A letter from Dennis Lyons of Fast Air takes us back to the AMU June/July issue and asks for some corrections or clarifications. His first point is regarding some confusion that arises from my usage of the Small Operator Maintenance Control Manual (SOMCM) as an example. I did state that “For AMOs this is not any help” which was not correct in all cases. The SOMCM training requirement regarding elementary work and servicing might be used as an example for Approved Maintenance Organizations (AMO) that want to delegate these tasks to unlicensed personnel.
The second half of that paragraph clarifies my point somewhat but here is some expansion on that. Many years ago (for the young readers, after the dinosaurs but before SMS) all approved companies had “Maintenance Control Manuals” or MCMs. With evolution to the “new” Canadian Aviation Regulations, Transport Canada (TC) wisely termed the manual applicable to AMOs as a Maintenance Policy Manual (MPM) to limit confusion. The term Maintenance Control Manual was retained in CAR 706 for air operators operating commercial air services. These are commonly referred to as AOCs for a commercial Air Operator Certificates issued under the 700 series of the CARs. To this mix of MCMs for AOCs and MPMs for AMOs, we add the SOMCM for SOAOCs (say that fast). The SOMCM was produced by TC to help small and start up AOCs produce an MCM. Up there in the thin atmosphere of Ottawa, airlines get the most attention and AMOs are put on the back burner to languish without similar assistance. As a further note, the initialisms used, such as MCM, are used in the regulations as a convenience to reduce text. You can give your manual any name you want, for example, Quality System, Quality Management, etc.
In the event that some servant of the Minister is reading this, (don’t get caught), please consider extending a helping hand to AMOs by publishing a generic MPM for small AMOs or a SAMOMPM.
The second point Dennis raises is regarding the Standard 573.06(5) “three year requirement” for update training as a “fixed period”. He mentions with a “robust QA system (which all mature companies should have) you can move from a fixed period of time to a competency-based system of update training”. This three year period is not a fixed period that must be adhered to but is a maximum period of time allowed for a minimum amount of training. Before this requirement, most companies did little or no training given the choice. Now you must not exceed three years without update training. If you want to do more training or have a shorter cycle then go ahead and do training that exceeds this. As I stated previously, 24 hours in a year seems to be widely accepted as a minimum for personnel with aircraft certification authority (ACA). If you want to do less, submit a manual amendment to TC.
Now for something completely different. This is on the topic of MPM and MCM composition. Many people are still in the mode of the old Engineering & Inspection Manual (E&I Manual), when approved manuals were huge. TC inspectors required all manner of requirements to be written into the old MCMs because that was the only place that airworthiness requirement could be mandated. The Air Regulations and the Air Navigation Orders (ANOs) contained almost nothing. What was required was that the manuals be approved. That was how requirements like stores, documentation and quality control were mandated. We required companies to list these items under the duties of various personnel in the company, primarily the Chief Engineer and the Chief Inspector.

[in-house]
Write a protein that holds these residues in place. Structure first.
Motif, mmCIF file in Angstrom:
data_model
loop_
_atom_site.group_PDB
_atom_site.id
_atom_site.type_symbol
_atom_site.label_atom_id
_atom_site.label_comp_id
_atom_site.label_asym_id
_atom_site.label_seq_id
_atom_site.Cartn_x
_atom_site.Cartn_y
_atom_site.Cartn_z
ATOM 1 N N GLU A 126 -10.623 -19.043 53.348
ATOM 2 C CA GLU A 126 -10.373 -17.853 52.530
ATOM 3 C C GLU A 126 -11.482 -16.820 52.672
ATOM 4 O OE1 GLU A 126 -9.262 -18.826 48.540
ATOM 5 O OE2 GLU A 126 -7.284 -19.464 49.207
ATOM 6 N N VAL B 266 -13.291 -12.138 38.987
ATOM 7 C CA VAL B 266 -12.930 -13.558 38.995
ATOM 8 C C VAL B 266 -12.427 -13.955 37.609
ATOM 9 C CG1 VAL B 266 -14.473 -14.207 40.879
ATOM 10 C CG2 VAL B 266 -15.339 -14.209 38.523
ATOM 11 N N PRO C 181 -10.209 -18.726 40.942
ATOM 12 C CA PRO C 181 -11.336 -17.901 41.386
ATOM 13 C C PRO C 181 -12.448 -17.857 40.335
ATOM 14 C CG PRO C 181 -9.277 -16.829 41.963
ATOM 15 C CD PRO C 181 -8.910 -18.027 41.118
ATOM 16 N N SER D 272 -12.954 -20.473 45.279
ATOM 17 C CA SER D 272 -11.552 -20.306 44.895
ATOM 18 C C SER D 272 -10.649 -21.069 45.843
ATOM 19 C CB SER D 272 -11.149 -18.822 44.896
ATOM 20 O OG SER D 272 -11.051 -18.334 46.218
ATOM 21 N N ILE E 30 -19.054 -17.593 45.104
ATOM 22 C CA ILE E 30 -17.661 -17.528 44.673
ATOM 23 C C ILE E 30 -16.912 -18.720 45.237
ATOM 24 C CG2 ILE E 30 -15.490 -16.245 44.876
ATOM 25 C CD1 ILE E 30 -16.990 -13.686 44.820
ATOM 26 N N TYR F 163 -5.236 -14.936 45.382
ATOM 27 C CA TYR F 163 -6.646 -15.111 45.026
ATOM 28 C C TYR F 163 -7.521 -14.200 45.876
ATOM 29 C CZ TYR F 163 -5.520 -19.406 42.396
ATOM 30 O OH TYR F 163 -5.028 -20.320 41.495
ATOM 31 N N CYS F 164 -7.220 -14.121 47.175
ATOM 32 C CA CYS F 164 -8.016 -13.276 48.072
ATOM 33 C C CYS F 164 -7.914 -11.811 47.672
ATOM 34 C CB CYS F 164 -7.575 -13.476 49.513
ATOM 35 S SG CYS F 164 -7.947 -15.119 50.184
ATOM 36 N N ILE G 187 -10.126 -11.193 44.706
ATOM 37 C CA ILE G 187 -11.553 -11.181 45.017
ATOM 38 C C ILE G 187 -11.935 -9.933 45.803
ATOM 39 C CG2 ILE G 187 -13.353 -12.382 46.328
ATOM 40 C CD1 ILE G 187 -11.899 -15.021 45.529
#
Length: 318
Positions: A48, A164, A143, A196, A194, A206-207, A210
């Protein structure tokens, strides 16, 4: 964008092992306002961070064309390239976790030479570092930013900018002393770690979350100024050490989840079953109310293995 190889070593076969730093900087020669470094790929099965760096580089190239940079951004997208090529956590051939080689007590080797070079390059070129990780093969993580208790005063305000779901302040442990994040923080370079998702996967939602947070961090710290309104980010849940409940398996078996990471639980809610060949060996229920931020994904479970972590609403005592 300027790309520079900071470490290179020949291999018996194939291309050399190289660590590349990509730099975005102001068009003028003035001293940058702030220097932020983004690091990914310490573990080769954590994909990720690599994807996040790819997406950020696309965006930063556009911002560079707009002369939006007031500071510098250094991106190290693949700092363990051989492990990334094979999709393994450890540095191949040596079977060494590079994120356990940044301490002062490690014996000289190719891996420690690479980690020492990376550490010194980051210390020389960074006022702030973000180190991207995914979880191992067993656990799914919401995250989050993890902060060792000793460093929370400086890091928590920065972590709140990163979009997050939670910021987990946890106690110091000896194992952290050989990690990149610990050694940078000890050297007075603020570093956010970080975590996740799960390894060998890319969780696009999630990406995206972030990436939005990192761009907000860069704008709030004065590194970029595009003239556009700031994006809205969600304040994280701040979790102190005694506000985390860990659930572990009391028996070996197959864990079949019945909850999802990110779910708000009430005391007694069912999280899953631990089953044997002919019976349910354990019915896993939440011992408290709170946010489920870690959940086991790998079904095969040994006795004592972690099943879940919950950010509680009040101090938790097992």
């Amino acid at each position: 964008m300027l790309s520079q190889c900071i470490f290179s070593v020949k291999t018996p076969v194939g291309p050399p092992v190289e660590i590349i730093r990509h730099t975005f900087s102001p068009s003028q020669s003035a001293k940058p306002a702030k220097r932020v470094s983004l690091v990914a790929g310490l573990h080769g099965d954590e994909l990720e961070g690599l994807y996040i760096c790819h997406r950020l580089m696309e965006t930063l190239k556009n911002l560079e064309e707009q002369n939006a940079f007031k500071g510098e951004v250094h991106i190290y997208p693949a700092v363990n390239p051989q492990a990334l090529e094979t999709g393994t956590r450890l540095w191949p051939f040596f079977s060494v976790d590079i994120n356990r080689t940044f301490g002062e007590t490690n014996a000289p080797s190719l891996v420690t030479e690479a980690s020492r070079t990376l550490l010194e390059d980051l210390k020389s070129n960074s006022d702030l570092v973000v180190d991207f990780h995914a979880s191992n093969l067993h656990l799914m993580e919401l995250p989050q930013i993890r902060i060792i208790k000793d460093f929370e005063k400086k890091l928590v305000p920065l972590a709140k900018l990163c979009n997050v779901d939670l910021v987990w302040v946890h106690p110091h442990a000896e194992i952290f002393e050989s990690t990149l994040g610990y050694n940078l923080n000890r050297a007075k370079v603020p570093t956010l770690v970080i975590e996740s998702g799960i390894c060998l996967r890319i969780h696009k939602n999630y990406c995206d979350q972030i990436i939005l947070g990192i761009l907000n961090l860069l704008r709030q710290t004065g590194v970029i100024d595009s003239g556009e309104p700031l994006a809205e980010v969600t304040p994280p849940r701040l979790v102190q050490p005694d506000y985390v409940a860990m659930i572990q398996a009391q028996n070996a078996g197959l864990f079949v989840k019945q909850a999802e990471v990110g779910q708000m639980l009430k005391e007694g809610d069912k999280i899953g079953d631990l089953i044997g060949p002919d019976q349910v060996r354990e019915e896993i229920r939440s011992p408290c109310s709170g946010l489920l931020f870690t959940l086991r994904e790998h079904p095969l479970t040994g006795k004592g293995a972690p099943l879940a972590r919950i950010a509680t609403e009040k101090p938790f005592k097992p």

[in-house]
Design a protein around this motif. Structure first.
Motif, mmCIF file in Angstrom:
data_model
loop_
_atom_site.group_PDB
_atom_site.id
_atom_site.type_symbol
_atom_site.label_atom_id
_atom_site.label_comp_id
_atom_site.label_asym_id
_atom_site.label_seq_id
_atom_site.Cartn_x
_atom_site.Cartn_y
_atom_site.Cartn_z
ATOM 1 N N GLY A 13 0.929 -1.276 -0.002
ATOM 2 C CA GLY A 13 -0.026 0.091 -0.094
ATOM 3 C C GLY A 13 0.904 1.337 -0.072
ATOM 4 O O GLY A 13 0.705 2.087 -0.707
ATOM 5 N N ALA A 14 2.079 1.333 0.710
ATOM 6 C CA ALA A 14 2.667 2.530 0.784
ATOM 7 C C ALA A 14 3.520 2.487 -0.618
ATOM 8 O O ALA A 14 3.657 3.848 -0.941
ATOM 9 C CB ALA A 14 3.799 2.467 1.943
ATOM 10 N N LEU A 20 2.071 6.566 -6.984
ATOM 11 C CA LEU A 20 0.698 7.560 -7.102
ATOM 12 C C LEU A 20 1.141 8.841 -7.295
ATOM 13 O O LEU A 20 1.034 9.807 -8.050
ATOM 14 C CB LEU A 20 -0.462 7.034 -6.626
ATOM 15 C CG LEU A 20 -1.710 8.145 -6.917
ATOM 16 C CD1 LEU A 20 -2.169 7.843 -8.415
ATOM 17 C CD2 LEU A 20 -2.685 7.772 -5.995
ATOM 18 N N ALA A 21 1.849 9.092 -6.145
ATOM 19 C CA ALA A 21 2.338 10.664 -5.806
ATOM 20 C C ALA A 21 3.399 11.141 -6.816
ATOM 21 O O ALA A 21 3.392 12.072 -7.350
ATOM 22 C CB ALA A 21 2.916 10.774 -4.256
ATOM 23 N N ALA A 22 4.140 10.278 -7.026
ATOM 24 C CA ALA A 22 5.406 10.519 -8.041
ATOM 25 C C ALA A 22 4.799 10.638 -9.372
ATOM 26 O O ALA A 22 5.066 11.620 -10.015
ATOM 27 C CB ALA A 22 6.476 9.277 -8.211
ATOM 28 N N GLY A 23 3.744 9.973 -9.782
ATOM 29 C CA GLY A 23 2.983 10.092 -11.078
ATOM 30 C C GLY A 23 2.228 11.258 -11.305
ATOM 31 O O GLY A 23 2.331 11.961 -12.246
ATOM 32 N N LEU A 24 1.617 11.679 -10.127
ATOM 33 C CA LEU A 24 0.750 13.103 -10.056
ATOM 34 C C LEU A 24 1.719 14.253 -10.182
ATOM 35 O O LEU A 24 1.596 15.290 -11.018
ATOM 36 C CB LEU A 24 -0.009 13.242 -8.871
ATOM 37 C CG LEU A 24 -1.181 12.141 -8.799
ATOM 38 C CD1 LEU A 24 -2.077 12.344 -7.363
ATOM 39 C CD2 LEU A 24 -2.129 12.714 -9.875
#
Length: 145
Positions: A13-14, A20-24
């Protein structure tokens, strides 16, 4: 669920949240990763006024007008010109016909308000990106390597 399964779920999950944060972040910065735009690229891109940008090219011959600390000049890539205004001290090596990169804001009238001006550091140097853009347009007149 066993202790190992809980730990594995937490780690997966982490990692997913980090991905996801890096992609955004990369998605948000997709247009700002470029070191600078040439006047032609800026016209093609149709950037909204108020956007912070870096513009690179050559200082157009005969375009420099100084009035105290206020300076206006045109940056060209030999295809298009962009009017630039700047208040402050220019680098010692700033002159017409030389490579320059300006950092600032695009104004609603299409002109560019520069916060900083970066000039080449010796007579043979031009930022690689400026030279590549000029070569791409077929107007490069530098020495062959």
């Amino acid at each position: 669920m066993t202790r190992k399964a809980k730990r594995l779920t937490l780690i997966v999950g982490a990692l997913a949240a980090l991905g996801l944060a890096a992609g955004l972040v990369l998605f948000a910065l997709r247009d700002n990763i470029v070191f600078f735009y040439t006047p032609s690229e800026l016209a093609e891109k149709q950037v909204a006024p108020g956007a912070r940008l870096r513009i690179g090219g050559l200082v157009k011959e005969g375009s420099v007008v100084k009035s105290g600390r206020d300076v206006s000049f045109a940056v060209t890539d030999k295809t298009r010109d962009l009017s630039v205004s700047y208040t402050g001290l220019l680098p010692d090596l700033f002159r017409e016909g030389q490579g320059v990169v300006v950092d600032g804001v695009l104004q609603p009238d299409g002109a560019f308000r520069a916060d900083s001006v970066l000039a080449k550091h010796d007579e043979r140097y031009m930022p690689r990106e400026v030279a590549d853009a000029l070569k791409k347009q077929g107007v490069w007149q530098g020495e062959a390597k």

Nowadays I see similar things going on in modern MPMs and MCMs including long and drawn out job descriptions. Under current regulations, job descriptions and numerous other examples are not required. What is now required is specified in the standards: for specifics, AMOs refer to Standard 573.10(1) and for AOCs refer to Standard 706.08(1). Following those two referenced areas are instructions for the implementation of “documents incorporated by reference”. These are the procedures, process specifications and forms that companies need in order to provide detailed control of their day-to-day operations. These additional documents are approved by the company PRM, or a delegate, and can be revised when needed but always in conformance with the policies of the TC approved manual. This is not an easy way to escape requirements. The policies in the TC approved manual must be clear enough to guide the development of the referenced documents which, in turn, must be complied with. These documents must not be allowed to contradict each other.
I seem to be running out of time this month, so here I’ll leave you. Be good and remember Due Diligence.
Please be aware that I am not a lawyer or legal expert. What I write in my column is not legal advice nor legal opinion. If you face a legal issue, you must get specific legal advice from a lawyer, and preferably one with experience in the aviation matters in your own country.
About The Author
NORM CHALMERS worked with Transport Canada as an Airworthiness Inspector for 25 years. Before this, from 1967 to 1983, he worked in the aircraft maintenance industry in and around Western Canada and in the Arctic. His industry experience includes the operational maintenance of normal and commuter category aircraft and smaller transport category aircraft in the corporate sector as well as several years working in major repairs in the helicopter sector. As an Airworthiness Inspector, he has been responsible for most duties related to the position, including the approval of all aspects of maintenance, manufacturing, training, and responsibilities related to distribution organizations. Norm now operates Pacific Airworthiness Consulting; www.pacificairworthiness.caView all articles by Norm Chalmers.